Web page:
Predictors of Physical Activity Among Rural Adults Following Cardiac Rehabilitation

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Abstract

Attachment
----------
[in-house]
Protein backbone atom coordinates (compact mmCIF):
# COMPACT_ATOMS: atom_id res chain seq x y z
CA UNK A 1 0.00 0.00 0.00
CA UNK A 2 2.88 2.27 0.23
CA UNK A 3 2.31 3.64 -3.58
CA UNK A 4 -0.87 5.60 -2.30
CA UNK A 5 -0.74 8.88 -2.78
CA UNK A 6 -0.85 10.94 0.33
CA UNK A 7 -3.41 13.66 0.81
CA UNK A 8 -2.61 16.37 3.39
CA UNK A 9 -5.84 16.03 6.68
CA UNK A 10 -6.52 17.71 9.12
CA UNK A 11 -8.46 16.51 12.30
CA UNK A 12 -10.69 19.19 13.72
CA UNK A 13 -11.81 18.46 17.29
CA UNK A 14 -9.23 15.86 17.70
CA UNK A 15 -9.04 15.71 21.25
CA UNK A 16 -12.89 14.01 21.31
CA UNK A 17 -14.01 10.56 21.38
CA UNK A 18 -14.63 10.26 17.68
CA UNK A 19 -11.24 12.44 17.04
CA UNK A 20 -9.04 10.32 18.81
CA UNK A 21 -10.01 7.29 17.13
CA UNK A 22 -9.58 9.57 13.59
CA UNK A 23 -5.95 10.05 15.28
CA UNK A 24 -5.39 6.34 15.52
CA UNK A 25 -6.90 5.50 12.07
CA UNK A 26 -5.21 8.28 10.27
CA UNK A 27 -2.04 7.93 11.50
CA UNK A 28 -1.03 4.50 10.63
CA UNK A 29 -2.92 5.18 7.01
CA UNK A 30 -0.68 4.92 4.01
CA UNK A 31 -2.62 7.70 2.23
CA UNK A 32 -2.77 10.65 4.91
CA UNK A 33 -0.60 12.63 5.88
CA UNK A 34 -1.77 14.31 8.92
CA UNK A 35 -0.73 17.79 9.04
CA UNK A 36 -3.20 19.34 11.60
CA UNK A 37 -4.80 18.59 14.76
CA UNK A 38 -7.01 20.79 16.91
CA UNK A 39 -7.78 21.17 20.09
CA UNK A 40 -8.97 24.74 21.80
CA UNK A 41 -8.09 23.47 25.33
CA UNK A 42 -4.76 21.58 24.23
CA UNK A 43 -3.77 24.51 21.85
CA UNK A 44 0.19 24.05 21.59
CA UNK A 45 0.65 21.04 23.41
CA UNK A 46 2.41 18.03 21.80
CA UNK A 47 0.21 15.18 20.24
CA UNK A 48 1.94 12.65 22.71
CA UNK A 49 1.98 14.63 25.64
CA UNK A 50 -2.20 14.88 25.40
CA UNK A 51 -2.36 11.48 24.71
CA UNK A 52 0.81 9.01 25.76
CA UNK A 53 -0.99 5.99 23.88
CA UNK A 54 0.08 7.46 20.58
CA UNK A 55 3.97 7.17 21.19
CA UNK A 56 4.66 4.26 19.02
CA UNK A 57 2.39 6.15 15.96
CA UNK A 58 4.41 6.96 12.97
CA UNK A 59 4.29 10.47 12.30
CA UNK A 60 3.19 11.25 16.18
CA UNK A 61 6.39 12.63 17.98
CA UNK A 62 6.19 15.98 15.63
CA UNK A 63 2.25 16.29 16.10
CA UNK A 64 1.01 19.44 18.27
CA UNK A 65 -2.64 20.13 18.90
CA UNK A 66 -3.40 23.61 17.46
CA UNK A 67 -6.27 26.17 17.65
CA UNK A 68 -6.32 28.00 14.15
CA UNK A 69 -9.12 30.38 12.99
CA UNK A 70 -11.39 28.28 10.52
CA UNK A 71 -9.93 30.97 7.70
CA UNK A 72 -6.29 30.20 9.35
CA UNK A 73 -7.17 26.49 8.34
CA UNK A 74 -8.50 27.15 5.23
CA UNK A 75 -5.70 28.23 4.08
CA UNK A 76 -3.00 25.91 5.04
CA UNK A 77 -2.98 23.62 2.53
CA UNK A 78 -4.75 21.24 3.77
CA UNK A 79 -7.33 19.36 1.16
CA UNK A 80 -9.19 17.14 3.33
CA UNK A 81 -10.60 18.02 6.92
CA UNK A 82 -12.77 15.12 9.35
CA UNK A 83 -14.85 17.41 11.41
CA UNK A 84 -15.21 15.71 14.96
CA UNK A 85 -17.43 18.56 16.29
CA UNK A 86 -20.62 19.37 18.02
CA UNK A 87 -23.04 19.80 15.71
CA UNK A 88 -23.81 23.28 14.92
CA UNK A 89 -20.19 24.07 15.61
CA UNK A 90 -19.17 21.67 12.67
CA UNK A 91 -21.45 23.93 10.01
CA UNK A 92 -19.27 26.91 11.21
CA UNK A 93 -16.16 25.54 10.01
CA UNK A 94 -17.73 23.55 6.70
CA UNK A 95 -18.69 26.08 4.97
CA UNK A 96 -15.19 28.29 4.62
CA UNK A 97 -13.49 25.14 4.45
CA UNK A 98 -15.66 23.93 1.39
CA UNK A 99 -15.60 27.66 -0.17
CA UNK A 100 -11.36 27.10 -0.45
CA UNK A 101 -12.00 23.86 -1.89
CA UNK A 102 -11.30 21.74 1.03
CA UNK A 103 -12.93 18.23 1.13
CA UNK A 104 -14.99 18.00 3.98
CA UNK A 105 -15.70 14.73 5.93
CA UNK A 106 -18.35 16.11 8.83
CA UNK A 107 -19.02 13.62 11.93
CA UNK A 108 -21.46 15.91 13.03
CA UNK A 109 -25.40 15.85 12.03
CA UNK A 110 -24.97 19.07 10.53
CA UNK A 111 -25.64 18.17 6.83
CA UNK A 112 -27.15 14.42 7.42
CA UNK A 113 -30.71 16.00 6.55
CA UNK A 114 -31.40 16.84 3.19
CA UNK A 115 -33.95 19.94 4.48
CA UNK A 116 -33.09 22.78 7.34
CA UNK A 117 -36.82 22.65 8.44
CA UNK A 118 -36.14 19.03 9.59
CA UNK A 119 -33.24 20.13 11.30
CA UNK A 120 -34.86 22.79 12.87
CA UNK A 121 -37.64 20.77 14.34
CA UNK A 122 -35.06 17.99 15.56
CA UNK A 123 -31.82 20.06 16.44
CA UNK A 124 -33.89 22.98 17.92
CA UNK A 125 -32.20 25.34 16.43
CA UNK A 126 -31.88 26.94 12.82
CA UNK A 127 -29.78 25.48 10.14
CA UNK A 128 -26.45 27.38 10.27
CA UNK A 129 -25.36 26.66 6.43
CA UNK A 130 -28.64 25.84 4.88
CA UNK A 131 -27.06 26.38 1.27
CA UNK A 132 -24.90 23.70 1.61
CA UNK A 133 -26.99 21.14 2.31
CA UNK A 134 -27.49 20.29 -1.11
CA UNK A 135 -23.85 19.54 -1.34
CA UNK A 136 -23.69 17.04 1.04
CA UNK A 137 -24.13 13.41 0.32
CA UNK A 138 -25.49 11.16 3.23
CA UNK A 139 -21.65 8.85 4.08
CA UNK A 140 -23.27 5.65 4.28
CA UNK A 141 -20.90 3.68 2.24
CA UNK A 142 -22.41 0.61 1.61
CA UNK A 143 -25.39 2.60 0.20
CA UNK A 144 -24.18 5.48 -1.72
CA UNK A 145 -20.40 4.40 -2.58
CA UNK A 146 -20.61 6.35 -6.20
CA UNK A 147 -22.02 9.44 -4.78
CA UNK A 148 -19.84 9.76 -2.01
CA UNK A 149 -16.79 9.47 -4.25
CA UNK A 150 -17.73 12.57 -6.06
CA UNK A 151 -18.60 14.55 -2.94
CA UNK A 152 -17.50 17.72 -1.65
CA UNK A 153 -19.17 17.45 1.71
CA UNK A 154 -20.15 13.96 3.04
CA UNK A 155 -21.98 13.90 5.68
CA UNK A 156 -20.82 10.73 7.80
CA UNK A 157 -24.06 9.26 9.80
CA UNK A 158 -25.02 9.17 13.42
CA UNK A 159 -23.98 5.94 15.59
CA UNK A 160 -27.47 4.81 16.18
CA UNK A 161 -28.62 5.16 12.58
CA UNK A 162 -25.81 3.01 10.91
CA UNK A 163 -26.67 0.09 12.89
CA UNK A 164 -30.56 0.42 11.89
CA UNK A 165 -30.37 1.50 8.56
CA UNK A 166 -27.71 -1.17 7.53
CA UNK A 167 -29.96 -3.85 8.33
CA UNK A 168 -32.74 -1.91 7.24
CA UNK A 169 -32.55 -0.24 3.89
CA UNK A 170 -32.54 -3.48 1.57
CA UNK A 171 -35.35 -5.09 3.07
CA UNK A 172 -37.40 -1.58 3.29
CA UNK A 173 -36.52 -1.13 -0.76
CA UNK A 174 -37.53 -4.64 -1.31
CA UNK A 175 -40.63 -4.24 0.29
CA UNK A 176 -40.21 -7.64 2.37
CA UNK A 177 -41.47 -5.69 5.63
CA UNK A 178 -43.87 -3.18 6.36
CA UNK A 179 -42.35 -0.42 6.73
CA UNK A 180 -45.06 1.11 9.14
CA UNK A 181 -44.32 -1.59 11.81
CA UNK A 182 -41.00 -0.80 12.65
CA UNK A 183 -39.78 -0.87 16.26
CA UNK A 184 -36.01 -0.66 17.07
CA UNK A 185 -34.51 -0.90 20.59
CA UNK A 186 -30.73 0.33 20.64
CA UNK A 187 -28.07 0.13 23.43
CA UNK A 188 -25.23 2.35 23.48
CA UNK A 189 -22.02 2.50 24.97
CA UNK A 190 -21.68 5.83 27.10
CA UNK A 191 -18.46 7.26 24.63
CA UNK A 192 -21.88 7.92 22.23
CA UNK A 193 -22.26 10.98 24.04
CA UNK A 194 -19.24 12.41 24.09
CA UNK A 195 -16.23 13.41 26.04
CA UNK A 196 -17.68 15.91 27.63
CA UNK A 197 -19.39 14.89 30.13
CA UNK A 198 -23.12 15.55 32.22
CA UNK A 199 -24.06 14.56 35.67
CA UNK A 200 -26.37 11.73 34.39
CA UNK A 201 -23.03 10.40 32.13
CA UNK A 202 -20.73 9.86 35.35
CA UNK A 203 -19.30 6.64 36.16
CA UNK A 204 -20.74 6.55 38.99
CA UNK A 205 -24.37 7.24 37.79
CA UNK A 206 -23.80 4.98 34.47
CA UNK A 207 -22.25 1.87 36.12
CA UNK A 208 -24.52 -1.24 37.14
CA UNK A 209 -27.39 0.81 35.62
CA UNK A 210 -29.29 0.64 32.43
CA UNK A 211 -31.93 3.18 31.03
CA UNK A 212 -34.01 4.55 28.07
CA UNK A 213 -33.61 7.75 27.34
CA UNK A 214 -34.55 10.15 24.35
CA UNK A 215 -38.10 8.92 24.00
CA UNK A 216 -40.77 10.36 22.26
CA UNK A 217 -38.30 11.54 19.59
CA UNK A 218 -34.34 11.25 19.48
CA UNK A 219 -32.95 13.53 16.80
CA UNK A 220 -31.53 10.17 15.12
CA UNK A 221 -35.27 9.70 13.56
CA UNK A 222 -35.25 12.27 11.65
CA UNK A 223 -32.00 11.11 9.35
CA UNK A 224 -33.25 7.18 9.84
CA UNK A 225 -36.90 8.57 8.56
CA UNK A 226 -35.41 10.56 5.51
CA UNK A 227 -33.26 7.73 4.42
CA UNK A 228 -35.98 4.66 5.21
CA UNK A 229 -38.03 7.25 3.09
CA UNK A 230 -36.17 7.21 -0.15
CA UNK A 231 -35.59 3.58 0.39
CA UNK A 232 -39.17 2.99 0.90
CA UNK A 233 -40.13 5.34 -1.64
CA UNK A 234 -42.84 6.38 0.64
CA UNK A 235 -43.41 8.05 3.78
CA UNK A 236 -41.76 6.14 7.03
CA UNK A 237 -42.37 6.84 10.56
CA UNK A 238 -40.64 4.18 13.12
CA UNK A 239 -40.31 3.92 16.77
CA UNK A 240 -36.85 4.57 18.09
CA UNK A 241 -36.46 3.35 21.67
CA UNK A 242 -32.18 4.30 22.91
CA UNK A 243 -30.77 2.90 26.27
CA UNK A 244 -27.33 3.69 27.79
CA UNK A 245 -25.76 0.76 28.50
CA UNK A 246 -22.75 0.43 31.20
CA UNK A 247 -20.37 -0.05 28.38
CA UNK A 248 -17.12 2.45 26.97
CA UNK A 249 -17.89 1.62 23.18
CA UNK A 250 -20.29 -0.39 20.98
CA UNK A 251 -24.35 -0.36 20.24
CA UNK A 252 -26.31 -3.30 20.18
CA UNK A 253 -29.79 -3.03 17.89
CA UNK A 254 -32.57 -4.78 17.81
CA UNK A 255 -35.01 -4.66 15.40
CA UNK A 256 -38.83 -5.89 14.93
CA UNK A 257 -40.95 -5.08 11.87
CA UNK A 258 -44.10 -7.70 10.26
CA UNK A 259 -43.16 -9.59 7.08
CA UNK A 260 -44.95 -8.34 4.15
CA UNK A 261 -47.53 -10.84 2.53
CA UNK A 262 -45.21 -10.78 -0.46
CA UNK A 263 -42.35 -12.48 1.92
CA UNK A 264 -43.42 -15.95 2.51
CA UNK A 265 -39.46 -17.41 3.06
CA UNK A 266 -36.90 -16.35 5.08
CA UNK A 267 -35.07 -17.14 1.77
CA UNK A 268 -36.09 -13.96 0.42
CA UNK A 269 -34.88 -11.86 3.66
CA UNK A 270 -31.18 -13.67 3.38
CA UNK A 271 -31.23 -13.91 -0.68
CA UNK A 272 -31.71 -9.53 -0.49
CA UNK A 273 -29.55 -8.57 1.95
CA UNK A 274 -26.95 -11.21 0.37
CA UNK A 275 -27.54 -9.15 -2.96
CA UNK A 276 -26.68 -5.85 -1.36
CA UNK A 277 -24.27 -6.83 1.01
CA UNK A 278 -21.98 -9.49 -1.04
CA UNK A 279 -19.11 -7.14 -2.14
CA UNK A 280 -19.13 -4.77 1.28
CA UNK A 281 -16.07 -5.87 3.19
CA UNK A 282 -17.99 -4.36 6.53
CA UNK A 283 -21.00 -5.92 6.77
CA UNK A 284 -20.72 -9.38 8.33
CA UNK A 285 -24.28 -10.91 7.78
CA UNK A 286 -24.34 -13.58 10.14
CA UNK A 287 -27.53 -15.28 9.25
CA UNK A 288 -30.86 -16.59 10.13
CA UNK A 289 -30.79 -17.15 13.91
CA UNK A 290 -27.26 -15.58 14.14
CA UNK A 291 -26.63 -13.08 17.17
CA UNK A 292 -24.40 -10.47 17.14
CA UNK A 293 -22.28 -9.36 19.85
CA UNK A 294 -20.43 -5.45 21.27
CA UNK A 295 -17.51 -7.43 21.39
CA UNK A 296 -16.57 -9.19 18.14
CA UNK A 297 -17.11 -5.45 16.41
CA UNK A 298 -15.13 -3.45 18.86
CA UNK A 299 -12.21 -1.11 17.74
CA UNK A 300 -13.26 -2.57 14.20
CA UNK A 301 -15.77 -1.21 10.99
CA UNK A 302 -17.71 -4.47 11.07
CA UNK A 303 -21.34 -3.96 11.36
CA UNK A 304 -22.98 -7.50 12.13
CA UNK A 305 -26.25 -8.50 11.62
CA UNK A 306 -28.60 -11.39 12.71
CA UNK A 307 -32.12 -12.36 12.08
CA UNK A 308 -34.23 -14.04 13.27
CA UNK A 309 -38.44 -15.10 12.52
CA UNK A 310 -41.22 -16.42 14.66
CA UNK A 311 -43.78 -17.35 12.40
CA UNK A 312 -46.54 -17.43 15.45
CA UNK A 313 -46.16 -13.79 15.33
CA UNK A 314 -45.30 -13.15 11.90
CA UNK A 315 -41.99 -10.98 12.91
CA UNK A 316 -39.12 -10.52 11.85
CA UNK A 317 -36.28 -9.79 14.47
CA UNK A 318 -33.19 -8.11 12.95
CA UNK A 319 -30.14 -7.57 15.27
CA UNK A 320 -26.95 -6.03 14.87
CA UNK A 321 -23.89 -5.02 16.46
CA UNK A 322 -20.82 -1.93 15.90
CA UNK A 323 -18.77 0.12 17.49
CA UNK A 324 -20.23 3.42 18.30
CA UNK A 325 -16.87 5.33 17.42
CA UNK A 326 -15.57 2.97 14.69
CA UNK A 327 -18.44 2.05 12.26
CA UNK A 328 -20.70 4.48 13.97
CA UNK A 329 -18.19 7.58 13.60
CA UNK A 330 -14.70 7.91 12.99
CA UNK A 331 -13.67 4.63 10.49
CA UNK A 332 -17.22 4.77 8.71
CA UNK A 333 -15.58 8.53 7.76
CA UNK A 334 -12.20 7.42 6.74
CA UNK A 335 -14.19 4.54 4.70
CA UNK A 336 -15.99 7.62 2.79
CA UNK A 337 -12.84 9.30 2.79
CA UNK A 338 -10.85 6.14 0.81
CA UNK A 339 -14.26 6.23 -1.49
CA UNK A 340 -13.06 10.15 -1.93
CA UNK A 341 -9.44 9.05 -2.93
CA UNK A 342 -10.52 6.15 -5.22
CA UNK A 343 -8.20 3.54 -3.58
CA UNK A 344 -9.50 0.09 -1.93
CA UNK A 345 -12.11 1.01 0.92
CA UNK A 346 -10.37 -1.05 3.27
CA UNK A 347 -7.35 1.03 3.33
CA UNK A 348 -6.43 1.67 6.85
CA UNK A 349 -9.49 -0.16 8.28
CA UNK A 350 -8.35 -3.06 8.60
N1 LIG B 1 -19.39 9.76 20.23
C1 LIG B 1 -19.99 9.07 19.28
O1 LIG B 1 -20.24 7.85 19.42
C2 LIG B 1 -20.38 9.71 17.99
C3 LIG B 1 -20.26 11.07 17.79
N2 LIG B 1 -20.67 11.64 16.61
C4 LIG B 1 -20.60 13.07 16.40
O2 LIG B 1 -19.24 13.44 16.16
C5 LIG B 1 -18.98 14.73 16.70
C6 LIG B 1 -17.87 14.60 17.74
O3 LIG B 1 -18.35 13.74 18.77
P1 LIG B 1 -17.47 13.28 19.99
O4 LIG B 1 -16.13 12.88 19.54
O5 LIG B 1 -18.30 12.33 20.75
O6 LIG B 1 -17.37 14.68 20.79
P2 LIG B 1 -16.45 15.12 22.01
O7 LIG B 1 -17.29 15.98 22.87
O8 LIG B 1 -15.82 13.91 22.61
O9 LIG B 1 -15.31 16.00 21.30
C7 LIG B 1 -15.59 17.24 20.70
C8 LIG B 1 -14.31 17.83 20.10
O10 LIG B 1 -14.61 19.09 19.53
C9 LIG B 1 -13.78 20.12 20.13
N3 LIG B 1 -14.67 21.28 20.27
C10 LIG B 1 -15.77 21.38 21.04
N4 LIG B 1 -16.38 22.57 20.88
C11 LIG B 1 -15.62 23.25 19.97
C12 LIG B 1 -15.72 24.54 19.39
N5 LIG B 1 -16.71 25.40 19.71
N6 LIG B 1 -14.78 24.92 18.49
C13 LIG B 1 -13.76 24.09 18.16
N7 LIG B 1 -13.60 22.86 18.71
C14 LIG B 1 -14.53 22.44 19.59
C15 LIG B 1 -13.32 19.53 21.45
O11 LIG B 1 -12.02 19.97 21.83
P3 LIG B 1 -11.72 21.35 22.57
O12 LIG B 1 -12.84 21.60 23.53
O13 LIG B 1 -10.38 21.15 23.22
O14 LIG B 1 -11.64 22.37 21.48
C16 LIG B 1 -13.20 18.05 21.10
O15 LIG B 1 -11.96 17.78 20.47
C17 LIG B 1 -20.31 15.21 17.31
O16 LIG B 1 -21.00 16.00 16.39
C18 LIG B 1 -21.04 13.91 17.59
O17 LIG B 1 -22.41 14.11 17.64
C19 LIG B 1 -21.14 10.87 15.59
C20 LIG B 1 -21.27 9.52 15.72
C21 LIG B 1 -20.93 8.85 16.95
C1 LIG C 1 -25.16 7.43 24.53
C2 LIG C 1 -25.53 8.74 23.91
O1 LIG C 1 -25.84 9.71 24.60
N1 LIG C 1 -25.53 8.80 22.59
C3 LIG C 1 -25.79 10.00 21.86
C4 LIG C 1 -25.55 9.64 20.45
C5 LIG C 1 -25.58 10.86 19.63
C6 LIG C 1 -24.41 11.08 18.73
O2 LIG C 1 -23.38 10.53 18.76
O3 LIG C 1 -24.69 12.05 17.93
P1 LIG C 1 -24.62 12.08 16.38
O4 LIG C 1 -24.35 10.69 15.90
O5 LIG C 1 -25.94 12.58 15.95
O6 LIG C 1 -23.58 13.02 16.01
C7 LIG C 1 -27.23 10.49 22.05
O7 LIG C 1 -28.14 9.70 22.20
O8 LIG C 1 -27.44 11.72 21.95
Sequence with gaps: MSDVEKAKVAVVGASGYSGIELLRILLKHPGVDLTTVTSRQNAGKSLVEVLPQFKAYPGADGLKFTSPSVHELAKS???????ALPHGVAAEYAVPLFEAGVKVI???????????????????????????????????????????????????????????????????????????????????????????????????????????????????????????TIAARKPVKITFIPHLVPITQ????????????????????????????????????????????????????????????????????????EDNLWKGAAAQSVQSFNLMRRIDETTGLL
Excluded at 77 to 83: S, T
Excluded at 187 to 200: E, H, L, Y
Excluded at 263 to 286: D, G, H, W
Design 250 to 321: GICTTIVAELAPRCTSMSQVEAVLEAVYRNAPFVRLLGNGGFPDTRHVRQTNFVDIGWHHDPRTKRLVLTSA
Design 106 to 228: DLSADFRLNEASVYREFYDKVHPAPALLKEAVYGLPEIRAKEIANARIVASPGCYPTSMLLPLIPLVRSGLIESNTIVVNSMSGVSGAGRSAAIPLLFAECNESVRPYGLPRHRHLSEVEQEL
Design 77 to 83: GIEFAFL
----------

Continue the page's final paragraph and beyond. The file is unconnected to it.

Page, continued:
Purpose/Objective: Cardiac rehabilitation aims to reduce the likelihood of recurrent cardiac events through physical activity (PA) and education. There is limited understanding about the predictors of physical activity behavior in rural adults beyond rehabilitation. This study explored predictors of regular physical activity in rural adults, 6–12 months post cardiac rehabilitation. Research Method/Design: A self-report questionnaire (quantitative cross-sectional design) was mailed to a simple random sample of rural South Australians who previously participated in cardiac rehabilitation (n = 315). Regression modeling was adjusted for physical activity history and gender to examine psychological, social, and environmental predictors of (a) current leisure-time physical activity, self-reported through the Godin Leisure Time Exercise Questionnaire expressed as the Leisure Score Index (LSI) and the weekly frequency of physical activity bouts that cause sweating (“sweat frequency”), and (b) stage of physical activity behavior change according to the Transtheoretical Model of Behavior Change (“Stage of PA change”). Results: All measures of self-efficacy (barriers, task, and relapse), social assimilation, and self-regulation predicted LSI, whereas all measures of self-efficacy and self-regulation predicted both “Stage of PA change” and “sweat frequency.” Self-regulation explained the highest percentage of explained variance in LSI (31.6%) and “sweat frequency” (12.5%). Home social support additionally predicted “Stage of PA change”; there were no environmental predictors of any of the outcome measures. Conclusion: Similar to urban populations, the predictors of post–cardiac-rehab physical activity among rural adults predominantly emanate from the psychological domain. Findings support the need to strengthen the focus of cardiac rehabilitation program design on self-management skills and behaviors.

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